Module H1: Keep on the Shadowfell is the first 4th Edition D&D product to hit the stands, coming out two weeks before the core rulebooks do. As a result, it has the burden of not only being a good module, but to be an ambassador of 4th Edition to the gaming world. This module is the first experience most people will have with 4th Edition. If it's a bad experience, 4th Edition will be a tough sell. Thankfully, H1 is (mostly) successful on all of these fronts.
Physically, the product design is interesting. Rather than a book proper, it is more of a Trapper Keeper style design. Inside the folder is a 16-page "Quick-Start Rules" booklet, an 80-page "Adventure Book", and 3 double-sided poster maps. At first I wasn't so sure about the format, but I have become a convert since learning how easy it was to keep the module, maps, and my own adventure notes together. Now I am hoping this will be the new module format for 4th Edition!
As for the content, the "Quick-Start Rules" contains some rules explaining the basics of the new edition and five playable characters. The rules section is pretty sparse; with only six pages, it really doesn't contain any more than you need to run the module. Nevertheless, it was an interesting peek into the new rules. The five pre-generated characters round out the remaining ten pages. They include a dwarf fighter, a halfling rogue, a human wizard, a half-elf cleric and a dragonborn paladin. All of them include level up information up to third level. The individual powers are described in full detail on the sheets, making them pretty easy to just grab them and run with minimal instruction on the new rules. Seeing them in action they seem to be a pretty well-rounded bunch, and everyone got a chance to shine at the game table.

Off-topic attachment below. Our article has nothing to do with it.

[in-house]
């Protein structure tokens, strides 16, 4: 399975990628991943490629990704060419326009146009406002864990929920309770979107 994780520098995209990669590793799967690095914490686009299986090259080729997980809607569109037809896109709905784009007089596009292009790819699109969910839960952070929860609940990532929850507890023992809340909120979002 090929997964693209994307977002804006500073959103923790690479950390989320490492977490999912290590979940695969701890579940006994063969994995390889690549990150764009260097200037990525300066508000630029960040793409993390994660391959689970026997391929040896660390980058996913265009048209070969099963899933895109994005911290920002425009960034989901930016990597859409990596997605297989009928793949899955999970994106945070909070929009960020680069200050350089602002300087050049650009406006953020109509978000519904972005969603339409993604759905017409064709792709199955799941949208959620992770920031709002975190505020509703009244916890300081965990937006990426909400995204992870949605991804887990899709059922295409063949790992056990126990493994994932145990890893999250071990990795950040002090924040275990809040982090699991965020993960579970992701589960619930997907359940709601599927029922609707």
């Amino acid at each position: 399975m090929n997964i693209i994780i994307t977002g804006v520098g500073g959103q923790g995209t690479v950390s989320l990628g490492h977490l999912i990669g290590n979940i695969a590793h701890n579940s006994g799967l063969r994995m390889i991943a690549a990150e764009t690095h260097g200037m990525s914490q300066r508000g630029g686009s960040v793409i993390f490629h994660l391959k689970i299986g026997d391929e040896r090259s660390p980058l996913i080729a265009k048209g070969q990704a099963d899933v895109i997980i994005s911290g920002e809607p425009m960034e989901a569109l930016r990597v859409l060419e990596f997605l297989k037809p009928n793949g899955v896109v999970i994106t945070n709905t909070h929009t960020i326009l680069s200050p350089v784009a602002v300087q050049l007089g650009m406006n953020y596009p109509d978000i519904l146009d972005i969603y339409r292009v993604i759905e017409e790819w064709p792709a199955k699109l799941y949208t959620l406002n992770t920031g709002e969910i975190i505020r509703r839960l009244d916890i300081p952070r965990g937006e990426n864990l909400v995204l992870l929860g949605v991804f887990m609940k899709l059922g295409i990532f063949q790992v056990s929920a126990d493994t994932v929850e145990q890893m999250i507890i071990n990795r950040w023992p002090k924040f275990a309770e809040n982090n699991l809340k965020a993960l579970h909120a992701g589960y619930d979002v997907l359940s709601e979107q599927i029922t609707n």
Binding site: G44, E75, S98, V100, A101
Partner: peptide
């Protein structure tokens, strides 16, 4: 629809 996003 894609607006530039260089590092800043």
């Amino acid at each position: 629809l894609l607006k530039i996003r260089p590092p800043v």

The "Adventure Book" devotes the first 15 pages to a (slightly) more comprehensive set of quick-start rules intended for the Dungeon Master. The remainder of the book is devoted to the module itself. The adventure itself has a serviceable if slightly stereotypical plot. However the main point of it seems to be to show off the new combat system. The designers obviously tried hard to grab a pretty diverse group of monsters to throw at the party. Since a large part of this module is to "show off" some of the new features of 4th Edition D&D, I think this was probably a wise choice. My only complaint is that it did not include a little more in the way of skill challenges and the new social encounter rules for the players to deal with. That would probably of pushed the page count over the edge though.
As for how it acts as an "ambassador" to the new rules... I can only say that for my group it did great! Everyone seemed to have a good time at the table, even some of the players who were not looking forward to 4th Edition. After running the module, everyone in my group seems willing to give 4th Edition a chance. Which is really all you can ask for.
Coming soon, either here or on Lords of Tyr, will be the recap of what happen when I ran H1 for my regular gaming group.